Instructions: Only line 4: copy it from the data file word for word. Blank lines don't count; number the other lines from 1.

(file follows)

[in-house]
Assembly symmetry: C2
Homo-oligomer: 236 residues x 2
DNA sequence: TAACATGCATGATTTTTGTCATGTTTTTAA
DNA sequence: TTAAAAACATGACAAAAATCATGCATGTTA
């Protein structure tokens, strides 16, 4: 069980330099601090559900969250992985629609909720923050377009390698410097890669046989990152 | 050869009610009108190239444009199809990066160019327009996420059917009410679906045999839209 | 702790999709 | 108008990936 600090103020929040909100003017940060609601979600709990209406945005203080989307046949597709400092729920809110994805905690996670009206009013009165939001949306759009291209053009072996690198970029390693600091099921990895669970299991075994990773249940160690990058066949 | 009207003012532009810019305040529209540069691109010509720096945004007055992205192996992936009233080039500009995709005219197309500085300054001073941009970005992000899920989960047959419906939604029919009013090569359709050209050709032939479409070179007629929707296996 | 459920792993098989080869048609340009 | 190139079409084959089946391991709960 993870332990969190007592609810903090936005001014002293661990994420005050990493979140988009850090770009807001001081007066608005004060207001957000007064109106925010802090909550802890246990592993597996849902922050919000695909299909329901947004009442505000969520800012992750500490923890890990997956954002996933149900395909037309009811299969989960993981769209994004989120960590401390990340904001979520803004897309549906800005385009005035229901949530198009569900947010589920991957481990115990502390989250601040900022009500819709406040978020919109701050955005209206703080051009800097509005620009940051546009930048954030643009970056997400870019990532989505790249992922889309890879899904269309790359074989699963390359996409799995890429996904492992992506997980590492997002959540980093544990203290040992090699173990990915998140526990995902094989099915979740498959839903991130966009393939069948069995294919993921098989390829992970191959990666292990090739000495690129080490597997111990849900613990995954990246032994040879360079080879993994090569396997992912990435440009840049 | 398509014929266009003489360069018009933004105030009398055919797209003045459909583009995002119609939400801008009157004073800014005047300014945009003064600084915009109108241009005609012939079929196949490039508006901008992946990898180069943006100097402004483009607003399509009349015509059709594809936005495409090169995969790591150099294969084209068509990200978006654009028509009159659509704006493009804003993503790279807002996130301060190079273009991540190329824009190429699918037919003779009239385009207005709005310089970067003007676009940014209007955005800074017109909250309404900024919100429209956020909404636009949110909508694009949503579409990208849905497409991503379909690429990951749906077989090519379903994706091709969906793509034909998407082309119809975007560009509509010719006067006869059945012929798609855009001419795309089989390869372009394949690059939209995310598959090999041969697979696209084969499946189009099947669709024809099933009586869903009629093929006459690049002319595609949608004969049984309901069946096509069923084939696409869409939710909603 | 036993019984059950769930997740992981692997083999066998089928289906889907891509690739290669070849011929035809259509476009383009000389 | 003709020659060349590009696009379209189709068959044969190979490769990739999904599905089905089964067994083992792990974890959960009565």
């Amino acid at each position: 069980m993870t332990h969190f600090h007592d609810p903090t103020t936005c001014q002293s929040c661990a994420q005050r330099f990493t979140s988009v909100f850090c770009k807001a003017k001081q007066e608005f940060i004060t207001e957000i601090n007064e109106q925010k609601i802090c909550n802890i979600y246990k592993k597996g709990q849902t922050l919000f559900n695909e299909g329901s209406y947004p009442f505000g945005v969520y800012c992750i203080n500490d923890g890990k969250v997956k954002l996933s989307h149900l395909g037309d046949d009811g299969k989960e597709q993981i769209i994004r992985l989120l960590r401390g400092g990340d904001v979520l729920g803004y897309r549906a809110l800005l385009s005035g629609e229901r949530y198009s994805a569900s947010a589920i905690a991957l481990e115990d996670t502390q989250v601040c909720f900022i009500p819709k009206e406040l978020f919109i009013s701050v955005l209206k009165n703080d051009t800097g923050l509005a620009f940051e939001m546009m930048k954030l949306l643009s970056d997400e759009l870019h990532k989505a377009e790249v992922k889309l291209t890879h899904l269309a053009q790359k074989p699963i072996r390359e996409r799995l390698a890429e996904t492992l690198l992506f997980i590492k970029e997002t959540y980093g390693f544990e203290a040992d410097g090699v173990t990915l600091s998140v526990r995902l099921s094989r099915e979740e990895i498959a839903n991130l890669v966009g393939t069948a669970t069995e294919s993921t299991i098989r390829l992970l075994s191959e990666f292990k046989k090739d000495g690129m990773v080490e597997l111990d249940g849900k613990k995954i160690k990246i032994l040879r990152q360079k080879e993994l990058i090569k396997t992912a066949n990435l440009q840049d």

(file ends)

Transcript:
DNA sequence: TAACATGCATGATTTTTGTCATGTTTTTAA